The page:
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RE: [Pyatcron-devel-list] Backend requirements

From: Childers, Matthew
Subject: RE: [Pyatcron-devel-list] Backend requirements
Date: Wed, 12 Nov 2003 15:17:38 -0600

> -----Original Message-----
> From: NICOLOVICI Xavier [mailto:address@hidden
> Sent: Wednesday, November 12, 2003 2:59 AM

You sure do get up early, you sent this at 3 AM.  :-)

> To: address@hidden
> Subject: [Pyatcron-devel-list] Backend requirements
> Hi there,
> I've been through your long long emails about the UI, and it seems
> you
> guys are better than I on GUI design (the truth is that I miss an
> mind, something related to my left brain... ;-) I will certainly let
> work on this.
> Appart from that, could I ask someone to send me the glade file, I've
> got the Pyton code. Thanks.
> Ok, now let's talk about the software structure. UI is good, but
without a
> strong backend, it's useless.
> Here is the task I think we should focus a bit before going deeper in
> Remember, comment what I'm writting, I'm not a pure genious and you
> make comments and point out errors ;-)
> 1. How should we manage the cron entries. Cron uses a structured
> file
> that let us write entries directly in it, but RedHat has introduced
> concept of daily, weekly, monthly and yearly cron jobs (to explain a
> daily cron entry is a script that runs daily the scripts present in
> /etc/cron.daily, same for the three others). The script used in the
> entries is /usr/bin/run-parts.
> The question is, do we want (or do we must) to handle this "run-parts"
> approach? If yes, how could we reflect that in the UI? How this will
> merged with our own task management?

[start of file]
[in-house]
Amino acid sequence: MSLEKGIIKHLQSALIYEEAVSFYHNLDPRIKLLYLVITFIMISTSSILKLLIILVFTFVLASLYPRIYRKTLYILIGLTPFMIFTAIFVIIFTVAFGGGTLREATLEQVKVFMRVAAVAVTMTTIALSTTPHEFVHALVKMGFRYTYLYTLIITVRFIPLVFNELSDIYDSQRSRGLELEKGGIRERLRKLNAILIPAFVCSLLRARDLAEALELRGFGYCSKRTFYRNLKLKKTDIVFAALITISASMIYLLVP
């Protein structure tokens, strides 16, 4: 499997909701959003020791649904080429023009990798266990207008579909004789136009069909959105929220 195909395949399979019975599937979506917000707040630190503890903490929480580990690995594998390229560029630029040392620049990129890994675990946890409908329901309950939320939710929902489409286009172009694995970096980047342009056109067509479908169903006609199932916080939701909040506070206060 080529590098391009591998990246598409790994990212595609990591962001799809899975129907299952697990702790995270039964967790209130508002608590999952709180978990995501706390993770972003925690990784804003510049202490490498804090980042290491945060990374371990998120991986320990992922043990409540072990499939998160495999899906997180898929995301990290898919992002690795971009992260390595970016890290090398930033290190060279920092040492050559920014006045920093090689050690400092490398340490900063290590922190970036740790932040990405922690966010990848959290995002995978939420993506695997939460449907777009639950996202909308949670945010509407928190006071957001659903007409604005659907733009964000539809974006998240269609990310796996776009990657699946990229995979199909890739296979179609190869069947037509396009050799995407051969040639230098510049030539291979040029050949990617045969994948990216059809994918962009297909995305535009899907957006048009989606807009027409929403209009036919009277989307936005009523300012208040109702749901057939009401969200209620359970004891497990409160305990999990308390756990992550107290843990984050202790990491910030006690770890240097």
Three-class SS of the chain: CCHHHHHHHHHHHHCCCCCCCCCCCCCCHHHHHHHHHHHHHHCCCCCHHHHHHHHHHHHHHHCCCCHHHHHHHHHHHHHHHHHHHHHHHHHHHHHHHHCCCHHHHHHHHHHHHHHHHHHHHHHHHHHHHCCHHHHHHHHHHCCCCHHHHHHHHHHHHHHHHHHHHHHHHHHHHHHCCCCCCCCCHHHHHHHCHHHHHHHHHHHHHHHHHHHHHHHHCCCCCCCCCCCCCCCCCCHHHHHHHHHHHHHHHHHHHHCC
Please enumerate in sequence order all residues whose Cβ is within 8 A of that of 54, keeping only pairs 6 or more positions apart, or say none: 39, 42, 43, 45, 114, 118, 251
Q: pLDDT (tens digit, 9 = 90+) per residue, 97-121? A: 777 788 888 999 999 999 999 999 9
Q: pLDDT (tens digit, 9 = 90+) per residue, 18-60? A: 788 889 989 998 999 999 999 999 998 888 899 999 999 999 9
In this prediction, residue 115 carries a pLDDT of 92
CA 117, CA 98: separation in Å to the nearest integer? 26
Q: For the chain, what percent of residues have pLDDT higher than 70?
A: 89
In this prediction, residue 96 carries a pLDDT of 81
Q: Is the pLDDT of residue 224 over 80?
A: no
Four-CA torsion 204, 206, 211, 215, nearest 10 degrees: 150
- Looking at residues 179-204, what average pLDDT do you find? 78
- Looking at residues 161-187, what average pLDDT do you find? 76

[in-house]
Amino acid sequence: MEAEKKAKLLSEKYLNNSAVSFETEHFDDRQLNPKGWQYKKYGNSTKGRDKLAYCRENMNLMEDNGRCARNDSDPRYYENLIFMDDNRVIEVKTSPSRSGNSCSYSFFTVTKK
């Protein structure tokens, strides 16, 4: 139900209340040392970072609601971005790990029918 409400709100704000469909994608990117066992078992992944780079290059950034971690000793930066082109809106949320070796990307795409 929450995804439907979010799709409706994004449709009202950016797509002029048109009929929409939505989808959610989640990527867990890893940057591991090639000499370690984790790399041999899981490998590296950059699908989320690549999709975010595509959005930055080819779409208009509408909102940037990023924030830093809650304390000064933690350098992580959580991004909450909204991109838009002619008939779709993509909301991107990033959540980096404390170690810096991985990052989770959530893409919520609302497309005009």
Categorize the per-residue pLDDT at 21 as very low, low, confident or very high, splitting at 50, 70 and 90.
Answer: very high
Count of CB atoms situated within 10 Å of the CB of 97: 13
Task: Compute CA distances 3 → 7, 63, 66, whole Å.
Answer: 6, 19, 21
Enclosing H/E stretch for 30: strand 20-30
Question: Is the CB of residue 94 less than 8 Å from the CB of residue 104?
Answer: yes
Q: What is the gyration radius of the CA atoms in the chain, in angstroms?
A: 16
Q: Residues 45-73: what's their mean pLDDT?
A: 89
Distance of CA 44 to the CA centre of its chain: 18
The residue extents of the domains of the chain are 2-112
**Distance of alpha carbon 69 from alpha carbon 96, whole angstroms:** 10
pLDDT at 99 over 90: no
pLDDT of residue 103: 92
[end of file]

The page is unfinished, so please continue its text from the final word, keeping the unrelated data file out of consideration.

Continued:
> Remember that Fedora comes with a bunch of predifined "run-parts"
> and
> ignoring it might makes the software a bit useless for new users.

I think this is where we have to decide, do we want to make this a task
scheduler for a user's individual crontab, or do we want to allow them
to handle all cron tasks?  If we do start handling the run-parts, then
we will need to implement PAM for authentication (as Brian said), just
like rh-config-network, rh-config-packages, and many others do. Or what
about making the main interface handle users crontab, then have either a
preference that allows them to switch into the "Advanced Mode".  This
would then prompt them for the root password (if they are running it as
a user) and then populate the list with the jobs in run-parts.  And we
would use a plugin to handle the modification of those jobs.  Just a
thought, what do you all think?  Shouldn't have to modify the UI much to
do it that way.  If not, we could always start out just offering
modifications to the users crontab, and then maybe later look at
handling the system jobs.

> 2. Pluggin structure. To create predefined task, thinking in object
> oriented
> development, we should defined a super class that will be parent of
> the
> predefined task class. This class should not by an abstract one
> that we should be able to instanciate it), but provide basic methods